|Accompanying Smash Cake|
Tuesday, July 28, 2015
Last pet peeve is disintegrated dragees. Whether pearl, silver or gold those little balls cannot be applied and then put in the fridge. They break down and loose their sheen all together. This really does stink because you can't apply them ahead of time. I'll give you two things that I do. First, I put them on ahead of time when the icing is a little soft so that they will not just sit on top of the buttercream. If the cake gets room temperature and those dragees aren't pushed in a little, they will slide down the cake. Trust me, we stayed almost until a wedding started just gently pushing those things in before they all slide down. Did you catch that I just told you I do what I said you shouldn't? Well at the last minute, I take the bad dragees out and add fresh ones. Yes it takes more time, but I don't have to measure last minute or get a cake soft before adding the last minute. Oh! Get a gem/rhinestone setter for applying these and not leaving tweezer marks. They are just a little wad of wax on the end of a stick. It is easier to pick them up and apply them (but not removing, stick to tweezers for that). Yeah! I got those things out of my system!
Tuesday, July 21, 2015
Tuesday, July 14, 2015
How could I ever make flowers this pretty!?!? I arrive at the venue, Walnut Hill Farm, and the florist has left me the MOST gorgeous bunch of flowers! Ranunculus, Peonies, perfect roses, hydrangeas and some lambs ear for greenery. I was in love with all of them!!! Here are some "professional baker tips" for the week.
1, Allow yourself PLENTY of time when fresh flowers go on the cake. If the florist is gone, it's up to you to finish the cake (my opinion and also I agree to this ahead of time).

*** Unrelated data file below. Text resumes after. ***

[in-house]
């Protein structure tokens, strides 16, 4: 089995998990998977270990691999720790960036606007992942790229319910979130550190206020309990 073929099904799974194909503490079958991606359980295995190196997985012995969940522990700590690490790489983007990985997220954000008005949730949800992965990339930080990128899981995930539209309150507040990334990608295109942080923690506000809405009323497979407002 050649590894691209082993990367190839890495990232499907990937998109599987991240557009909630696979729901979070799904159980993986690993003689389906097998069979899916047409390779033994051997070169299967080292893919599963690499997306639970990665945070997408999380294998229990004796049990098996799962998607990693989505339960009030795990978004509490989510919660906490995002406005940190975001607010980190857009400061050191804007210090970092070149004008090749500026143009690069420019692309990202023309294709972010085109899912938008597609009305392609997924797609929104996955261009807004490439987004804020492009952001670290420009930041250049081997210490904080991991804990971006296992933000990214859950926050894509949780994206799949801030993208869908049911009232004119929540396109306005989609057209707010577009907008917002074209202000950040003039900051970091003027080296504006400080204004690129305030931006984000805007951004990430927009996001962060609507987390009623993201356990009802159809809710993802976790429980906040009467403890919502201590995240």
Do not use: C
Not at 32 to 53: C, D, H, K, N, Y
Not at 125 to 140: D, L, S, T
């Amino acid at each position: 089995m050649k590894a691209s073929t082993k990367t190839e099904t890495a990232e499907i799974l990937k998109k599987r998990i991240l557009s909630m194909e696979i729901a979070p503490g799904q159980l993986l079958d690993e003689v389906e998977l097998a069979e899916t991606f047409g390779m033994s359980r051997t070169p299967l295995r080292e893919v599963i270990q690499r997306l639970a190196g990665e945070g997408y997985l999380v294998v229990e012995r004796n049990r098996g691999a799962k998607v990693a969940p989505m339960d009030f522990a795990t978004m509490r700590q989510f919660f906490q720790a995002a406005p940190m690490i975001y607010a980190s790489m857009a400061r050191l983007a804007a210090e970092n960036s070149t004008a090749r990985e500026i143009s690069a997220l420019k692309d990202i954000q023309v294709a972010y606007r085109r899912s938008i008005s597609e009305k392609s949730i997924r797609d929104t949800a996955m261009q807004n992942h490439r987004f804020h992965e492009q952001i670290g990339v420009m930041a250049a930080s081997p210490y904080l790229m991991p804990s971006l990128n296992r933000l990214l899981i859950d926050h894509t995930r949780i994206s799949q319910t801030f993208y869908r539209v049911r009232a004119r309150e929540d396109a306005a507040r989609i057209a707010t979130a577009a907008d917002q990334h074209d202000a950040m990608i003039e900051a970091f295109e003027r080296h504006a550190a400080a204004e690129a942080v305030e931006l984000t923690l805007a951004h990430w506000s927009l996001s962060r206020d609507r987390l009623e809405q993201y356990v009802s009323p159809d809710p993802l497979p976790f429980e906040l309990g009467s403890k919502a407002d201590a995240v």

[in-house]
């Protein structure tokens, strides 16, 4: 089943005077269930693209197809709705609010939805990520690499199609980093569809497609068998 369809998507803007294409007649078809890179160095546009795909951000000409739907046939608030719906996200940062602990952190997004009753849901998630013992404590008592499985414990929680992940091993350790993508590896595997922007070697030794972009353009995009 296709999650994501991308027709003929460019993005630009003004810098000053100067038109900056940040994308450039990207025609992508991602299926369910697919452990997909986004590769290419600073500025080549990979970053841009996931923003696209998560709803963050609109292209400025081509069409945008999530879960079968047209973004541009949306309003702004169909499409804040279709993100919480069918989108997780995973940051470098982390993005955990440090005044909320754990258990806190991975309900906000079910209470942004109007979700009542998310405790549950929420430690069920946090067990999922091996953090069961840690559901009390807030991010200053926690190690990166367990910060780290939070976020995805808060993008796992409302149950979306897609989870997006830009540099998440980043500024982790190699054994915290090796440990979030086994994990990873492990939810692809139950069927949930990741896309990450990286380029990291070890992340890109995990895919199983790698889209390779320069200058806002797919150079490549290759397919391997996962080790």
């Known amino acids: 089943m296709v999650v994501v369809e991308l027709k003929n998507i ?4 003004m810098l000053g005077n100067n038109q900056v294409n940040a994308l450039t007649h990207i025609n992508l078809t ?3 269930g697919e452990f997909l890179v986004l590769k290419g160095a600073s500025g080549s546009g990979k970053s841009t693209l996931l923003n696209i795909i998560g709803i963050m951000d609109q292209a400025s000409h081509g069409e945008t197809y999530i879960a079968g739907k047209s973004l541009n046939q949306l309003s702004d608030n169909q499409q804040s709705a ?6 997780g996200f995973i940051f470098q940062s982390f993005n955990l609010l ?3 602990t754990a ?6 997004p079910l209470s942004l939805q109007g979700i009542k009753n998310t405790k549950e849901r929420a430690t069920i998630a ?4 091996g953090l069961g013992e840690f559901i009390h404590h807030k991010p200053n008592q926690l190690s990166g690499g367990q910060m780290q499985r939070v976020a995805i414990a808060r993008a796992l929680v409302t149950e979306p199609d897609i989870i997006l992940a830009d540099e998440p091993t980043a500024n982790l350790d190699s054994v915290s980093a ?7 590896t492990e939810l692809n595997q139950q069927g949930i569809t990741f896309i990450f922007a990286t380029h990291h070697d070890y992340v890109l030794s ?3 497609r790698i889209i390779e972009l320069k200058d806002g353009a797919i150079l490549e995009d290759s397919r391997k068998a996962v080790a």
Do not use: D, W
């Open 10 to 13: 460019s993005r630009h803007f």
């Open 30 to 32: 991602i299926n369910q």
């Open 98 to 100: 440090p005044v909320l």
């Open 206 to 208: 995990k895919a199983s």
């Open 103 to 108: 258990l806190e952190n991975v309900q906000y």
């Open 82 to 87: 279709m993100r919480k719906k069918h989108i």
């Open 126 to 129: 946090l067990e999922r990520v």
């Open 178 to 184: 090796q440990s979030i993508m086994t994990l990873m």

2. Allow wiggle room for the type of flowers and their arrangement in your contract. This cake was supposed to be all hydrangea. You can see how many I had and I could not have achieved this look with a small amount or with one kind. I still get sick-at-my-stomach when I knowingly deviate from the contract. I never want to be the vendor that blames in on another vendor. "They didn't leave me the right kind or enough". I should have called the florist and emailed them a sketch/size of the cake they knew what to plan. I ask the bride to give the extra copy I provide to the florist, but that doesn't seem to happen
3. If a customer wants to "float their cake on a bed of flowers" this is the easiest way to do it. Just allow for a bigger board and stick them in the cake. You could put a smaller piece of Styrofoam under the full cake for the flowers are truly UNDER the cake, but that is not nearly as stable. Charge extra for that!
4. Be friendly to everyone at the venue, even when you are stressed out and in a hurry.
It took me a full hour to put all these flowers on the cake, while at the same time fielding questions from the wedding party that was mulling about and grabbing a little girl's hand right before she poked it right into the cake. I don't want to ever be unfriendly because people remember rude. But don't you think that very early guests should give a vendor the space to do their job? They are always on us like we are on a cake show, asking "is that fondant? I hate fondant!" or "how did you do that?". Like that's an easy questions in the allotted time. It would be nice if we had nothing else to do but to visit with guests and answer questions, but vendors just don't have that luxury. Our work, food-flowers-cakes-venue-photography, is very time sensitive and we have to get in and get out. So please don't think us rude. We are really sweet :)